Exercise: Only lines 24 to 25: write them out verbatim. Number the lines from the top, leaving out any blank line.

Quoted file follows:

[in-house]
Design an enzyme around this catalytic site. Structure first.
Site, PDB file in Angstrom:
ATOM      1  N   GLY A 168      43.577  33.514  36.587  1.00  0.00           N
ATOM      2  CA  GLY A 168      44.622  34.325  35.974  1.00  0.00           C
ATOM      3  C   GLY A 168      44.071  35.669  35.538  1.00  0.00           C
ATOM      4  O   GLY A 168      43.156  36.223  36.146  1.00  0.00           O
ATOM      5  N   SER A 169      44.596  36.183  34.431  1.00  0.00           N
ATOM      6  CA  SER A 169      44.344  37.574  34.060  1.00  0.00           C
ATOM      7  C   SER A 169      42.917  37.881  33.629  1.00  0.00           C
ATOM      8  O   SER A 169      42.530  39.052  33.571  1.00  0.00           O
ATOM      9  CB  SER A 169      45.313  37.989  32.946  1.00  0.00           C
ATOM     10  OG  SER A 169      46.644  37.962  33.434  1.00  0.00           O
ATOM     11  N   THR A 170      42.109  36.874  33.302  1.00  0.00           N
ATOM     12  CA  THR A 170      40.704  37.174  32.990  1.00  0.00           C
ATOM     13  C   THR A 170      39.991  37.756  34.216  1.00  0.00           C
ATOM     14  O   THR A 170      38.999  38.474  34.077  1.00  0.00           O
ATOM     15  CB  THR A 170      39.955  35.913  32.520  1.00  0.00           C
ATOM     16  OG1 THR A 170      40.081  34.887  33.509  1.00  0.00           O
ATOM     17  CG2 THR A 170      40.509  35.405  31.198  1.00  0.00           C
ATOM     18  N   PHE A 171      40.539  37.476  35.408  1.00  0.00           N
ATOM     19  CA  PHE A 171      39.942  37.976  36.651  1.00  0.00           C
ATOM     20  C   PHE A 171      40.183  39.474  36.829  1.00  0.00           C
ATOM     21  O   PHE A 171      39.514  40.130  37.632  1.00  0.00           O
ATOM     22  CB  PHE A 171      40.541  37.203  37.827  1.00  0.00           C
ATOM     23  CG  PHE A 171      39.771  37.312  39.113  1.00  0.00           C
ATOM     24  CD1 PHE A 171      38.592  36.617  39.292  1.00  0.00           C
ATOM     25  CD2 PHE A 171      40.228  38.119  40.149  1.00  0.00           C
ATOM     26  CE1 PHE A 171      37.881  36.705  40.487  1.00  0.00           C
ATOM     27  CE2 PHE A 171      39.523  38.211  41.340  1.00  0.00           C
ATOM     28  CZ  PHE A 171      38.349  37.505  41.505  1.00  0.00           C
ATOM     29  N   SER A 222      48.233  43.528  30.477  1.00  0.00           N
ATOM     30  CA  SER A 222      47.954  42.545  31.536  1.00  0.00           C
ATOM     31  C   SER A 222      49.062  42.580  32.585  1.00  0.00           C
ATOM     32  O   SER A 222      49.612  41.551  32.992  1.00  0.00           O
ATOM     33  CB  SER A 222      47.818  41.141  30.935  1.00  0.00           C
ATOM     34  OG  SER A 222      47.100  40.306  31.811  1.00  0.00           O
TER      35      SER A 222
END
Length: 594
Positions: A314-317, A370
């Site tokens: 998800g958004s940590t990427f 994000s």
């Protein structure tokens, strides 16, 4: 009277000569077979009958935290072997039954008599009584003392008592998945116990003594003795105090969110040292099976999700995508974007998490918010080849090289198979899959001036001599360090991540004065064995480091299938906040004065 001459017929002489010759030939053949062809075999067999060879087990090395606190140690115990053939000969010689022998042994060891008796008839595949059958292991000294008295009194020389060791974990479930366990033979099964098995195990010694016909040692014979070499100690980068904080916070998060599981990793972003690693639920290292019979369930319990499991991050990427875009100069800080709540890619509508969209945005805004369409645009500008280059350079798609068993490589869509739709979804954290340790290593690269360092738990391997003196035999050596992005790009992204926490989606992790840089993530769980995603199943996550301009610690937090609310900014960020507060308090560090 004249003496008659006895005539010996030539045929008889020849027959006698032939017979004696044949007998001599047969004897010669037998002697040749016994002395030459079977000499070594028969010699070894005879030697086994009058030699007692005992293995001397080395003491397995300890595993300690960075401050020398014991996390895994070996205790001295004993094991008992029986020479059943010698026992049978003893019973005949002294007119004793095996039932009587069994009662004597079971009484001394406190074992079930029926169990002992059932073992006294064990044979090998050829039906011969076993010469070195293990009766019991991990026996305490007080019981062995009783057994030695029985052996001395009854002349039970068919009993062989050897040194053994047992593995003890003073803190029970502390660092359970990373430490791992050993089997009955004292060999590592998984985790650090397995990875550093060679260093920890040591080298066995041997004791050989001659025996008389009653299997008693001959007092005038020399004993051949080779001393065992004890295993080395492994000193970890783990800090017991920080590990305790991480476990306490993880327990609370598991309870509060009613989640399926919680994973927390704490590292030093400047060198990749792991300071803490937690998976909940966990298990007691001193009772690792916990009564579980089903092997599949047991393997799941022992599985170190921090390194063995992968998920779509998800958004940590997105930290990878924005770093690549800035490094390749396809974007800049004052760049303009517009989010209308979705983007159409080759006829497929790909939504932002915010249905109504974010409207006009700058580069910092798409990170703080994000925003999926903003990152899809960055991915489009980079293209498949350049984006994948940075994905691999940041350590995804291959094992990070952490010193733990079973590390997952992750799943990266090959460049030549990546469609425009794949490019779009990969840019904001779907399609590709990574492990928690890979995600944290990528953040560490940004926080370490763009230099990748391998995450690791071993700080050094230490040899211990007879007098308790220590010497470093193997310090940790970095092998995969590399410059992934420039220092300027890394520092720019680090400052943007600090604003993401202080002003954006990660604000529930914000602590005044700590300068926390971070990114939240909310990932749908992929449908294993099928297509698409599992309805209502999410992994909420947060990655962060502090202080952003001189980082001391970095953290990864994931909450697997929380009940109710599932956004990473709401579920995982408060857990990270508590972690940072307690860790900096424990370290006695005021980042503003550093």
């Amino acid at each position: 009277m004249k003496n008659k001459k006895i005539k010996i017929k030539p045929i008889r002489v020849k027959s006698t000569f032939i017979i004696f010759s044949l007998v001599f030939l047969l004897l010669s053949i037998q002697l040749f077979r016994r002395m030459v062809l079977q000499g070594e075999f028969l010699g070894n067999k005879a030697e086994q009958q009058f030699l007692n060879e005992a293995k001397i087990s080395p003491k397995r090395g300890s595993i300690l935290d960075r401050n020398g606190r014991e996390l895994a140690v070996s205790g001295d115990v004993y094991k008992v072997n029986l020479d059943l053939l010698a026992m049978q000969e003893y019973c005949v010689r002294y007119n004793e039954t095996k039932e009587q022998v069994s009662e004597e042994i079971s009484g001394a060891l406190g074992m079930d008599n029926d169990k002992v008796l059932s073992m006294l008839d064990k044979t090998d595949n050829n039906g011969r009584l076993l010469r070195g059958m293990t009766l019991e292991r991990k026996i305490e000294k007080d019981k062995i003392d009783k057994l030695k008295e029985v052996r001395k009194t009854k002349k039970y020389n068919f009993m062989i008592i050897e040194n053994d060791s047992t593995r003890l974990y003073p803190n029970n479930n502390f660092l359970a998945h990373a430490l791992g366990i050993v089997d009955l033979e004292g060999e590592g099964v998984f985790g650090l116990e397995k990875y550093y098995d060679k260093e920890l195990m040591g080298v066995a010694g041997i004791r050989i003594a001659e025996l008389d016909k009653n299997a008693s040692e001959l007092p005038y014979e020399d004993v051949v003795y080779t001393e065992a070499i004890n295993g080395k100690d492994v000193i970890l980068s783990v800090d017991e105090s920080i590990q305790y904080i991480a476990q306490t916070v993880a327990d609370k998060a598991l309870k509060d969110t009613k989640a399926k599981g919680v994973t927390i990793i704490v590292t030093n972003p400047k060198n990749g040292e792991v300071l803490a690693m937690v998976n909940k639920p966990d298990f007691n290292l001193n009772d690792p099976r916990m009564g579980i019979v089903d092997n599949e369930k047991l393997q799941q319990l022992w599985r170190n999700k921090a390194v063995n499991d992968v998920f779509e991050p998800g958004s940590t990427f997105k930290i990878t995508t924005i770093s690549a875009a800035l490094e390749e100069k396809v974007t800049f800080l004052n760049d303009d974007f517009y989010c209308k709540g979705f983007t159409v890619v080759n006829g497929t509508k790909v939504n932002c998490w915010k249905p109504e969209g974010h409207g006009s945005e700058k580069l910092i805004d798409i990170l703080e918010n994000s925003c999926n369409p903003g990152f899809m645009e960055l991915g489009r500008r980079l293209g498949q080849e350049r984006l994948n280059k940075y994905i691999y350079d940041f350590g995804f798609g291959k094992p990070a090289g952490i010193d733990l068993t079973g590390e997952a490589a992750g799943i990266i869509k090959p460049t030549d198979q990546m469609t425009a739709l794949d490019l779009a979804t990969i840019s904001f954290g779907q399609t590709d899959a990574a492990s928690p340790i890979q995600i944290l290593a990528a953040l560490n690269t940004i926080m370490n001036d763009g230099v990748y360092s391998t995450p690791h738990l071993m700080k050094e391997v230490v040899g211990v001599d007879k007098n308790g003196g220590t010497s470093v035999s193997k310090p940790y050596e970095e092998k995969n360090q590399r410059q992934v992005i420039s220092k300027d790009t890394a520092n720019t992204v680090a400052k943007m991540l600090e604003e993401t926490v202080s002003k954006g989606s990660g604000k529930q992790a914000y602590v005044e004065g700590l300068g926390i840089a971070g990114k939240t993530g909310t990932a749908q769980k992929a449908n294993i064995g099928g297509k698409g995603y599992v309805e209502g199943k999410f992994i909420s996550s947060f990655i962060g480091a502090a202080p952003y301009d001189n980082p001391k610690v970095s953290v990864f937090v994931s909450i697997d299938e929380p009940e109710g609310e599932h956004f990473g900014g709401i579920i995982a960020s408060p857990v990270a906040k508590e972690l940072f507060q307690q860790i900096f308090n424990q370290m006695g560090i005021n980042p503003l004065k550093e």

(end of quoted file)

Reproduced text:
ATOM     21  O   PHE A 171      39.514  40.130  37.632  1.00  0.00           O
ATOM     22  CB  PHE A 171      40.541  37.203  37.827  1.00  0.00           C